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There is an extent to which the venerable MKR has soiled itself of late with a penchant for casting unlikeable contestants to manufacture conflict. Not that this is anything new in the reality TV realm, but as season eight has proved again, the gambit is a double-edged sword. No amount of clever and/or deceptive editing could mask the, uh, reality that designated villain Josh lacked either the requisite culinary skills to be a credible contender in the kitchen or the charismatic venom required of a consistently telegenic antihero. Thus, the heavily promoted clashes with contestants never made for legitimate drama. Of the four likeable and honestly talented teams remaining as we go to press, smart money tips Amy and Tyson to reign supreme. Segue to ... The season nine premiere of that other culinary franchise finds cooking made fun again, with the emotional retooling of the franchise a welcome corrective to unwanted friction and story over substance. There are stirrings of an epicurean love-in: food critic Matt Preston pairs a distinguished new white beard with more flattering three-piece suits, while formerly moody chef George Calombaris is so giddy he’s caught mugging behind someone’s back; they’re animated enough to render always affable restaurateur Gary Mehigan nearly subdued by comparison. But MasterChef is all about the cooking, and the food: when just the second auditioning contestant blows the judges away with her gnocchi, it becomes abundantly clear a newly renovated kitchen is now open. Grantchester Sunday, 8.30pm, ABC “How does a man drown in the middle of a church?” perpetually harried Detective Inspector Geordie Keating (Robson Green) asks his partner in crime-solving and worldly local Anglican vicar Sidney Chambers (James Norton) upon discovering the head of the soup kitchen spreadeagled on the floor with water coming out of his mouth. And what’s with the dead ravens left as ominous keepsakes? It’s just another case for this appealing odd couple in a show famously called “Cluedo with cassocks” by one British wag. It is still 1950s Granchester and still an atypical British crime series where the chemistry of the leads matters more than the viscera of the dead. A guilty pleasure it may be, but there are few screen musicals as unabashedly joyous and defiantly rough around the edges as director Phyllida Lloyd’s bold, fluid 2008 adaptation of the hit stage musical Mamma Mia! (Friday, 8.35pm, SBS). It’s no secret that by this time Meryl Streep was actively looking for projects in which she could display her fine singing voice, and her exuberant Donna Sheridan is one of her finest roles. Christine Baranski and, unlikely as it seems, Pierce Brosnan are fearless in support. In the wake of the increasingly bloated sequels, it is easy to forget that the original 2003 Pirates of the Caribbean (Saturday, 7pm, Seven), subtitled The Curse of the Black Pearl, is a fun adventure anchored by Johnny Depp’s eccentric performance as Captain Jack Sparrow and Geoffrey Rush’s conniving villain, Hector Barbossa. New Zealand-born actor Anna Paquin made her debut in 1993’s The Piano and won an Oscar for her performance. Three years later she again enthralled in director Carroll Ballard’s lovely family drama Fly Away Home (Saturday, 5pm, 7Flix) opposite Jeff Daniels; she plays Amy Alden, who inherits a gaggle of geese and teaches them how to fly.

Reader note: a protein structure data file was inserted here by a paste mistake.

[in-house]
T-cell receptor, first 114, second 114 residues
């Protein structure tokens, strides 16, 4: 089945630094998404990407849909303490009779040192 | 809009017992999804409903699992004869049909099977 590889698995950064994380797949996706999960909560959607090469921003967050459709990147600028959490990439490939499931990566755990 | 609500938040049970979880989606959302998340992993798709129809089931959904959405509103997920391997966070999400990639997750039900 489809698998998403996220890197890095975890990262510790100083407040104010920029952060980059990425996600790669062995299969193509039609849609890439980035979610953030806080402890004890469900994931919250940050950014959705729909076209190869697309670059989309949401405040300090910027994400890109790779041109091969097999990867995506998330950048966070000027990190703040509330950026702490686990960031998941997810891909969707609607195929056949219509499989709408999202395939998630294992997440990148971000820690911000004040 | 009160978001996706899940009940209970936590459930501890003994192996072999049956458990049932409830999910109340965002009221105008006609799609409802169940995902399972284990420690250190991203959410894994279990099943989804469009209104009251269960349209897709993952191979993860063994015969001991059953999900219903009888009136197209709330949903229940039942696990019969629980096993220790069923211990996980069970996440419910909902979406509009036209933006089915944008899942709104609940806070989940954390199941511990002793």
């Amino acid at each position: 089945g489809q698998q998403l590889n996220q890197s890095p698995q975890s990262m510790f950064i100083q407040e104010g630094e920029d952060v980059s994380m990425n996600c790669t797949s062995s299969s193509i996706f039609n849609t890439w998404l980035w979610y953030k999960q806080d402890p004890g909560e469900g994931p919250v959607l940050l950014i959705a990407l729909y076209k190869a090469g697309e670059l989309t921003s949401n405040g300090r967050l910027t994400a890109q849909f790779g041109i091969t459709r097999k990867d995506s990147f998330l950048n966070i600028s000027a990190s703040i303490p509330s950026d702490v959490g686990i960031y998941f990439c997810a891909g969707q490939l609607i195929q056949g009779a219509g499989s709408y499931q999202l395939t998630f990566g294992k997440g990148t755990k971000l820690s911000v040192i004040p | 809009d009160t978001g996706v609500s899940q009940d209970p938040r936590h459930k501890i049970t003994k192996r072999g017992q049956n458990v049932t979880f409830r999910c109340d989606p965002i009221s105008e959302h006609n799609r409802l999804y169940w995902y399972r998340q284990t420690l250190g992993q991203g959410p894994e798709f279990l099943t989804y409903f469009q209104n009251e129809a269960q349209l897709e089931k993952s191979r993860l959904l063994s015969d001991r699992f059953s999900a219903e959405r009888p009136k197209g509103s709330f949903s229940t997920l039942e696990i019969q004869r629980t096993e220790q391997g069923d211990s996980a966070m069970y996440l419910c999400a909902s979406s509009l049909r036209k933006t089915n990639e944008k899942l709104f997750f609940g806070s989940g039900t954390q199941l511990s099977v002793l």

Christine Baranski, Meryl Streep and Julie Walters in Mamma Mia!